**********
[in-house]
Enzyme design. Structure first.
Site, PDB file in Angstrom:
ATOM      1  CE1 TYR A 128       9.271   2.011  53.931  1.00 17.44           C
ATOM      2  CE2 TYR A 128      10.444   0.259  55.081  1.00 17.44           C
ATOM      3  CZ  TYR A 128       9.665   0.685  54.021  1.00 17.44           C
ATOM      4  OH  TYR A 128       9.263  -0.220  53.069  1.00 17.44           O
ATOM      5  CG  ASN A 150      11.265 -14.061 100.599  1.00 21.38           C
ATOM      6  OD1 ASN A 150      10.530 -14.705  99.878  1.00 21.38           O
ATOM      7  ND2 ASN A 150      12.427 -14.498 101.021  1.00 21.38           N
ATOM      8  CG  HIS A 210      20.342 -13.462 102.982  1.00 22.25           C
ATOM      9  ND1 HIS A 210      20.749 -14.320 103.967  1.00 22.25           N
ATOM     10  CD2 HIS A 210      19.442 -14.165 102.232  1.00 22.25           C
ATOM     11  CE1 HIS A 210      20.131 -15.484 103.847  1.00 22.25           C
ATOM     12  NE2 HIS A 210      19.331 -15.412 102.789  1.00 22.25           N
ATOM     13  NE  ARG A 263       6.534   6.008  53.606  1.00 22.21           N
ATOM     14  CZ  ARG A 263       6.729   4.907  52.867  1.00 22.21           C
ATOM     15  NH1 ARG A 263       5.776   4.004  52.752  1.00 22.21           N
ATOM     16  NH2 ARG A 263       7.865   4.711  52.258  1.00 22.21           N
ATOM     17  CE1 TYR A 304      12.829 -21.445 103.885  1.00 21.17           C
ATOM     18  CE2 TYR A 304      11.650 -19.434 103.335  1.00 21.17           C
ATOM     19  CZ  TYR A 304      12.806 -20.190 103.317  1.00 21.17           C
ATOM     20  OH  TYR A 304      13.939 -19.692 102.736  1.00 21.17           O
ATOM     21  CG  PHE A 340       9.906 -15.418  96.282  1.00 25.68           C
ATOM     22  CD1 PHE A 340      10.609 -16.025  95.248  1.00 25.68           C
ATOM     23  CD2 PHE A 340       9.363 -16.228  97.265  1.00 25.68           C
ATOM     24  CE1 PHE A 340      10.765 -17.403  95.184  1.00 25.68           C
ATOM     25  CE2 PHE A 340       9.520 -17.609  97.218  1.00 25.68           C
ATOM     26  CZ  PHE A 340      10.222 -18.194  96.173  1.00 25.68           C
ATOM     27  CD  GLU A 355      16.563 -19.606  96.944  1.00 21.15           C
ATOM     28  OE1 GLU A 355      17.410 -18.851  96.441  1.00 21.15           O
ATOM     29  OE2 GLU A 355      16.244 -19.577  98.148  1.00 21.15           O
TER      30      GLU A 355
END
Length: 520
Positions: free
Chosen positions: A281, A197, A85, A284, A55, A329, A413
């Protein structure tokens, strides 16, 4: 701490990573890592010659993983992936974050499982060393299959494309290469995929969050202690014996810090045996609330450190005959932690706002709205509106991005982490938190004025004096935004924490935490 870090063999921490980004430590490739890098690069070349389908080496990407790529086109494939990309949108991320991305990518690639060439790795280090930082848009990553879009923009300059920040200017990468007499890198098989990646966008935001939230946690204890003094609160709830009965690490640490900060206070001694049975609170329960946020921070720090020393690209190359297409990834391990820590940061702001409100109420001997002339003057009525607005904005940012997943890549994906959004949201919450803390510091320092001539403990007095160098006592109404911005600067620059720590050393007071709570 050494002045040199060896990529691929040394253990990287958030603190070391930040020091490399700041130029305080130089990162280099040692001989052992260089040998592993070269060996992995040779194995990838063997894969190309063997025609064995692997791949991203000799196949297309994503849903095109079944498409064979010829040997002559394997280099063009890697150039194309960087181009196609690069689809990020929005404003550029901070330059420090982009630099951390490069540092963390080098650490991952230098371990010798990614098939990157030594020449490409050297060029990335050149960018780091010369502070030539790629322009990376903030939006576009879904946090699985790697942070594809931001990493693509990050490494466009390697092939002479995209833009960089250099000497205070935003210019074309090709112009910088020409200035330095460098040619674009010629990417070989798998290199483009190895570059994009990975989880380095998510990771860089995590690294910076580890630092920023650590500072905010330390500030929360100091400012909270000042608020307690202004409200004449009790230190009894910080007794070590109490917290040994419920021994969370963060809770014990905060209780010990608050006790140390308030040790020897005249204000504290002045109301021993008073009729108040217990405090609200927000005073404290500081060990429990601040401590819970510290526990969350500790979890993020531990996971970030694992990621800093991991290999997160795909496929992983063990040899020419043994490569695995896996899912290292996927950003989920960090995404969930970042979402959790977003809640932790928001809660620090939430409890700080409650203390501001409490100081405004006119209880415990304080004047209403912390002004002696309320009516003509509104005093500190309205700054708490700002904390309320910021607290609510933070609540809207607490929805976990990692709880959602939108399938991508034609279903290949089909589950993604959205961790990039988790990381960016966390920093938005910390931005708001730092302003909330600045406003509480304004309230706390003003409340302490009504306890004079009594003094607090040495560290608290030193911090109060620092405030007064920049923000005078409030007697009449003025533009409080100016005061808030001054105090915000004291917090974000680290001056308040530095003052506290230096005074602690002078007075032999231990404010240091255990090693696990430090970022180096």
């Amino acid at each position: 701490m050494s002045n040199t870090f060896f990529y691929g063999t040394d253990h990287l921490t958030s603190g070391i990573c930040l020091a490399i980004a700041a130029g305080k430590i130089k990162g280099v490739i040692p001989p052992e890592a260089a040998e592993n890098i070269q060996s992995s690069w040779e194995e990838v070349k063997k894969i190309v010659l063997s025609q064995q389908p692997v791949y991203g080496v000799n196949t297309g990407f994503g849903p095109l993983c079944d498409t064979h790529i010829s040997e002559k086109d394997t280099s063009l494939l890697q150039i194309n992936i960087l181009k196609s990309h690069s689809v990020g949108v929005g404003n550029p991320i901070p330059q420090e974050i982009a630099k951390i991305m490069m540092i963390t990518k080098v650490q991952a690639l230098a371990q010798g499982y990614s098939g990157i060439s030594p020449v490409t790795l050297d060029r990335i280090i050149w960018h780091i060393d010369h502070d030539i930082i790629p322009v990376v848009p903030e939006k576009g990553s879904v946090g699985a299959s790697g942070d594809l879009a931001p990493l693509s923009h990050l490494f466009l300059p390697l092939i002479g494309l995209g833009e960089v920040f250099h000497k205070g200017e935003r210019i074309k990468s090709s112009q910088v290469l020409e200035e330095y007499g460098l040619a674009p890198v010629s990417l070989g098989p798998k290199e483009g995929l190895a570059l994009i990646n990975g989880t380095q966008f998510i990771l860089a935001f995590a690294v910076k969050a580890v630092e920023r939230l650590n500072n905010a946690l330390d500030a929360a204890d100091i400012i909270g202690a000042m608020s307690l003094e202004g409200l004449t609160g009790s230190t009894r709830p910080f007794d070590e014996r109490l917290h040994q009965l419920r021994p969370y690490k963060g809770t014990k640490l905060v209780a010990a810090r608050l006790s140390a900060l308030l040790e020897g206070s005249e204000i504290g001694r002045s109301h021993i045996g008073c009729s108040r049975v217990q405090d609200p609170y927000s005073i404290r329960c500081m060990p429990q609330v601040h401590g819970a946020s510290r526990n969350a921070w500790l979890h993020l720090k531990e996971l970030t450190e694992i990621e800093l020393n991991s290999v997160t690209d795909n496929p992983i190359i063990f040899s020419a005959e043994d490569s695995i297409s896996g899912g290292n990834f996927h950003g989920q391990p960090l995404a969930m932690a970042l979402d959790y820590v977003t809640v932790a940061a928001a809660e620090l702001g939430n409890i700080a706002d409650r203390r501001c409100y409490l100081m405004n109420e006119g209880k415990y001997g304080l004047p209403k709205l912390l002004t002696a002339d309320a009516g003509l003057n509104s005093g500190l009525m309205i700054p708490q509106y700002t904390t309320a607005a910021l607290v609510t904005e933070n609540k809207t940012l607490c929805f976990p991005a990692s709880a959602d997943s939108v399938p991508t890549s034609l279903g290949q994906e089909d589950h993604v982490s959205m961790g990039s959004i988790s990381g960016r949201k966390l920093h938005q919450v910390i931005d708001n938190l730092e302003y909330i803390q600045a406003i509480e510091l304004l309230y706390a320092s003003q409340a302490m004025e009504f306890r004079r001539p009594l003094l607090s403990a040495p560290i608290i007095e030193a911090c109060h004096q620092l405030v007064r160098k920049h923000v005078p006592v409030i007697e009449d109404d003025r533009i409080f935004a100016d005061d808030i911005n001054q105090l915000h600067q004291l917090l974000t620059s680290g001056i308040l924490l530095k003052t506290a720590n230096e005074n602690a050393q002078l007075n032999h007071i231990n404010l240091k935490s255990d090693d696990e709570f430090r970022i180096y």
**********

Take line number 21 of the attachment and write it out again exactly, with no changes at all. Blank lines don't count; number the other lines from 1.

ATOM     18  CE2 TYR A 304      11.650 -19.434 103.335  1.00 21.17           C